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8:35 AM ET

Russian-born players in the NHL have dealt with uncertainty, concern for the safety and well-being of loved ones back home, and harassment by fans, while being expected to speak out against their home country.

Precarious cross-border travel is one of the complex issues the league has faced.

One NHL GM said it was the elephant in the room.

A lot of us aren't qualified to speak on the situation. We kept the conversation out of the public eye out of respect for those players.

As the war continues, here are some of the dynamics going on in the NHL.

Life for players in the NHL

Many Russian players didn't speak to the media after the invasion. Journalists agreed that there would be no Russia questions if Russian players spoke.

Forty Russians made the opening night rosters of the NHL. There are no Ukrainian born players in the league.

The players are more accessible now that the locker rooms are open again. The Russian player said he was in an impossible situation.

The player said that the media wanted them to speak so they could fit their story. They don't understand what we're going through or what our families are going through. I am painted as a bad guy even if I don't support the war if I say I am proud of where I am from. I don't know what I'm supposed to tell.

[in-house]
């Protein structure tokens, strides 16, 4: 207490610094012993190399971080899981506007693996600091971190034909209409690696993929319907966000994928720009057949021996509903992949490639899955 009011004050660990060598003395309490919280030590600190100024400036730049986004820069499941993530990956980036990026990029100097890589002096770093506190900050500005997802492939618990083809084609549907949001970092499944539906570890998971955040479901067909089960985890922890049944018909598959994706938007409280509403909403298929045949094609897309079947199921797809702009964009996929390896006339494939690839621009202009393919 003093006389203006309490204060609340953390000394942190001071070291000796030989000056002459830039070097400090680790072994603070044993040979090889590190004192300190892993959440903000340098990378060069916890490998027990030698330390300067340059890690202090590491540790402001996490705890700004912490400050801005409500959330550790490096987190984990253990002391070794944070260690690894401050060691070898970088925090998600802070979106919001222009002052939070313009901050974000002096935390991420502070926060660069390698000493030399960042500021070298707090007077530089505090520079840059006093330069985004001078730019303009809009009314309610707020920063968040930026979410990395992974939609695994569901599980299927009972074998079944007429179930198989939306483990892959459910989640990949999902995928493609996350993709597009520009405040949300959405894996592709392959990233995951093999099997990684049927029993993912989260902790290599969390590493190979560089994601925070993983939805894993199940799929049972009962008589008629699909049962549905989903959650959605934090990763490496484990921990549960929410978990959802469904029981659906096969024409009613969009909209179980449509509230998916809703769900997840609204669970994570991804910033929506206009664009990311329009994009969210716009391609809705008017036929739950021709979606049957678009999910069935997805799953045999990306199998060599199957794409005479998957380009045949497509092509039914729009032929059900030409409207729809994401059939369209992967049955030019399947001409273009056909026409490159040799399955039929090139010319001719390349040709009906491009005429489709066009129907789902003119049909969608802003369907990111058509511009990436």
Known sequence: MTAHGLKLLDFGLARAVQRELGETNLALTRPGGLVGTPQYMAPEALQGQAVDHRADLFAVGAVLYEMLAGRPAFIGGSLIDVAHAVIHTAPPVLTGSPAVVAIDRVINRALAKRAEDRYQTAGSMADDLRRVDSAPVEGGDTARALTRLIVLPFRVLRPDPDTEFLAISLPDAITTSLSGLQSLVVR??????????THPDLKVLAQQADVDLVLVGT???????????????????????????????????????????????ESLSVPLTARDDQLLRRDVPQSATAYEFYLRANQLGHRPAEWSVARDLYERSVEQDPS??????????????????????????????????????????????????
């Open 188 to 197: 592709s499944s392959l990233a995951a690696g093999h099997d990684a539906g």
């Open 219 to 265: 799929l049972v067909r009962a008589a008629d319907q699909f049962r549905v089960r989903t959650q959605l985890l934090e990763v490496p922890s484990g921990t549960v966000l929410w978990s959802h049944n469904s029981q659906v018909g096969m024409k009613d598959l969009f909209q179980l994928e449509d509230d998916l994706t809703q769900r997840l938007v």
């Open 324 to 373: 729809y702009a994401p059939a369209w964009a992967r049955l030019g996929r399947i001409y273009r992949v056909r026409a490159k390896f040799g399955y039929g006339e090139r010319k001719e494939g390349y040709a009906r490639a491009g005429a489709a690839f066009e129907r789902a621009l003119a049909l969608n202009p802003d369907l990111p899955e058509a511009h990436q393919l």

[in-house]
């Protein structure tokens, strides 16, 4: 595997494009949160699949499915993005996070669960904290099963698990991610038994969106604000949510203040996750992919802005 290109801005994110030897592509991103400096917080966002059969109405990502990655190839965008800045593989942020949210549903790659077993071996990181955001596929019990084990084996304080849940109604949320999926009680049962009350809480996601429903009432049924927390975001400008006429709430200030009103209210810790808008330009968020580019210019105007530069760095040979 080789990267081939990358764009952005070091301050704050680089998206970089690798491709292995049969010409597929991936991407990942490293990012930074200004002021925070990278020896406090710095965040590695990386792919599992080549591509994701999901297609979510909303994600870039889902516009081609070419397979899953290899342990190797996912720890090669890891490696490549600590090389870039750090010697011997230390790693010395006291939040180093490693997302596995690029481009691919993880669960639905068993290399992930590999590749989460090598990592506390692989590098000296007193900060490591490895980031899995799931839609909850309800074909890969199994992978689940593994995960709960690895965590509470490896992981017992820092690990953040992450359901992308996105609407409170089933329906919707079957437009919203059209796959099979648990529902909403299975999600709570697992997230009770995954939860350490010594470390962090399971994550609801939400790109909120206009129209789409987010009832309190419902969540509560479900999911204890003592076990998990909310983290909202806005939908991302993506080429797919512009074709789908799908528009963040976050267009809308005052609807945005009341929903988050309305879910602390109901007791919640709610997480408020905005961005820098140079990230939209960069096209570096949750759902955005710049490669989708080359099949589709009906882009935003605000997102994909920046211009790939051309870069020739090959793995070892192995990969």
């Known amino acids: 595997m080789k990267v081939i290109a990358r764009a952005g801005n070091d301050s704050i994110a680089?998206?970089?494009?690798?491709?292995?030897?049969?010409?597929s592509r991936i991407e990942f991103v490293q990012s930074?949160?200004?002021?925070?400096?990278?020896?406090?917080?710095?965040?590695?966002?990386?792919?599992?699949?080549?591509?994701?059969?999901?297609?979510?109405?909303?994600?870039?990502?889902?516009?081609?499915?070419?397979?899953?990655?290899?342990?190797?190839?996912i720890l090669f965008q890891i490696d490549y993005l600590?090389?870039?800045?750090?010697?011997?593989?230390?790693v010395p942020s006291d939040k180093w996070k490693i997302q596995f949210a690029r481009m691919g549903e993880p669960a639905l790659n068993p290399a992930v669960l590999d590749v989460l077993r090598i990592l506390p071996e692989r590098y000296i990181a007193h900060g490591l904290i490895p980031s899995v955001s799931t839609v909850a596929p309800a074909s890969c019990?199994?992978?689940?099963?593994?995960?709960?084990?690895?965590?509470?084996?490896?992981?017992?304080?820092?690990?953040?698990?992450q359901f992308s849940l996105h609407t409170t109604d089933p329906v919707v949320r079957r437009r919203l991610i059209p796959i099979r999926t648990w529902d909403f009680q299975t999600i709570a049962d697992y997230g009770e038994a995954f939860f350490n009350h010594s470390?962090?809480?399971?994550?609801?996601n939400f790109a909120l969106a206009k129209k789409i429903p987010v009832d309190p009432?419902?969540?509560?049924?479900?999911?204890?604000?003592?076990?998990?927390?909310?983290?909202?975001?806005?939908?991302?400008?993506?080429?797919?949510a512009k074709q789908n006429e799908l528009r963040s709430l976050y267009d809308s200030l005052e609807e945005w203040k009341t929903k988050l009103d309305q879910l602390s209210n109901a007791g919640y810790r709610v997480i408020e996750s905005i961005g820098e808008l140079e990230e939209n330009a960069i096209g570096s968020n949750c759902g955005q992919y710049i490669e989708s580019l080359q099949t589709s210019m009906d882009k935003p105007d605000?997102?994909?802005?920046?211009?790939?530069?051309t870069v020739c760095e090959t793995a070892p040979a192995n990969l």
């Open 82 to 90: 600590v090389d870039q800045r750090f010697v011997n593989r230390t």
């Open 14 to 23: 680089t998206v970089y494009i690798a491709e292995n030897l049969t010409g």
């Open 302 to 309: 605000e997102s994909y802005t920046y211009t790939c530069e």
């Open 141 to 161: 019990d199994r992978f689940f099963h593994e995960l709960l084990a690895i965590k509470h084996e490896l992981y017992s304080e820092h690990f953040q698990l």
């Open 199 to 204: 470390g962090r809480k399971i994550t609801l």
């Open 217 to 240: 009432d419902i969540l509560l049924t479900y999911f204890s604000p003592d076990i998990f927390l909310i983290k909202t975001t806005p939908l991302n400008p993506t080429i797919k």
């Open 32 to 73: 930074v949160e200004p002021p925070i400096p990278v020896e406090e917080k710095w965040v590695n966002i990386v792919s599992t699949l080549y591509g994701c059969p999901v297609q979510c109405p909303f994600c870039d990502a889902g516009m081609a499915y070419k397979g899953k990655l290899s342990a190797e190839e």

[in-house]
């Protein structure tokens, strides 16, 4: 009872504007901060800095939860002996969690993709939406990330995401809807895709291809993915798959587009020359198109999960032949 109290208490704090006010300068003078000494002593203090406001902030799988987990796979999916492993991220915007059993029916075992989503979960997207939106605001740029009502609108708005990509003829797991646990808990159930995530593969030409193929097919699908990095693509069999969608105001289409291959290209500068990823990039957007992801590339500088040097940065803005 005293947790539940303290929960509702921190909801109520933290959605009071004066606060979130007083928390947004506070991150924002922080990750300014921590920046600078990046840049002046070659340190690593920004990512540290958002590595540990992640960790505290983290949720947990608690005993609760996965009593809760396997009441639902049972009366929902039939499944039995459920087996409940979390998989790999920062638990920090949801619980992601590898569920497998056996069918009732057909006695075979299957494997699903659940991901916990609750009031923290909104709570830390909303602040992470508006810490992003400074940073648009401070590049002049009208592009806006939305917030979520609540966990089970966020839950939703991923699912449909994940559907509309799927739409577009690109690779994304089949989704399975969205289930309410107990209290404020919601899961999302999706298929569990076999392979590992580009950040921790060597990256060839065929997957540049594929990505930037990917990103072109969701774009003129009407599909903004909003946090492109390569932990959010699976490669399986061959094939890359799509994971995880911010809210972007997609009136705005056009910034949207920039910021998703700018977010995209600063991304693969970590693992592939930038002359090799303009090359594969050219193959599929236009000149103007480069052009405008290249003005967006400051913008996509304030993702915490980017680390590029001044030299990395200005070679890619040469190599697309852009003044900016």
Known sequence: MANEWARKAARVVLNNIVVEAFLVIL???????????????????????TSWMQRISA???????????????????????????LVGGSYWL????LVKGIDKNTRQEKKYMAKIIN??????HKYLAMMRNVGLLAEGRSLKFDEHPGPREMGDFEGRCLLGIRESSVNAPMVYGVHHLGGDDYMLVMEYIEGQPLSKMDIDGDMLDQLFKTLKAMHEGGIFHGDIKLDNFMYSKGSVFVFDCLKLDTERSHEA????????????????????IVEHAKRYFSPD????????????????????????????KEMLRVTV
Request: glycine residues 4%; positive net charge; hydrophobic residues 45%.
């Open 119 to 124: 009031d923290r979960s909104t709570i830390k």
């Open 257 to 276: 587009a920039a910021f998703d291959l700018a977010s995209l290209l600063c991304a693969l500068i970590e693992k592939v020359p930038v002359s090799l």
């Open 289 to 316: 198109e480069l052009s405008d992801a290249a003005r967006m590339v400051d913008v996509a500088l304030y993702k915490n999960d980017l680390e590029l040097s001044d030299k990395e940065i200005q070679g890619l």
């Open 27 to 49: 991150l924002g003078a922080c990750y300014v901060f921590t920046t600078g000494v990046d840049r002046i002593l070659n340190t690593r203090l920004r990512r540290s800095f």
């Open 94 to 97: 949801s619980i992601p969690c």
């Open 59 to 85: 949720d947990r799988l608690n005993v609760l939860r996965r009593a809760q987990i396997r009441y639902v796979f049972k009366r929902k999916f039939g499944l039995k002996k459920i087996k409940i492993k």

The player said it was easy to not say anything. He said that the topic of war hasn't been brought up by his teammates in the locker room or on road trips as they just focus on their jobs.

"People want our players to speak up in a certain way, but you're not going to tell someone how to think politically, just like how you avoid conversations about religion or politics at Thanksgiving," one GM with multiple Russian players said. It's strange for the athletes.

Russian players worry about their own security as well as the security of their family. Some teams are doing things behind the scenes to support Russian players. Helping to get visas for family members is one of the things that is included.

The war has had an effect on the earnings of current NHL players. Russian players were not used in all global marketing campaigns. There are few brands looking to do business with Russian-born players as they wait out the climate. Alex Ovechkin is on the verge of moving into second place on the all-time scoring list, and there will be marketing around him this season.

Given his previous support for Putin, and the fact that he still appears with him in his profile picture on social media, there has been a lot of discussion about him. The dynamics for one of Russia's most well known athletes are complex, and there are still concerns over his family back home, which is one of the reasons he hasn't changed his photo.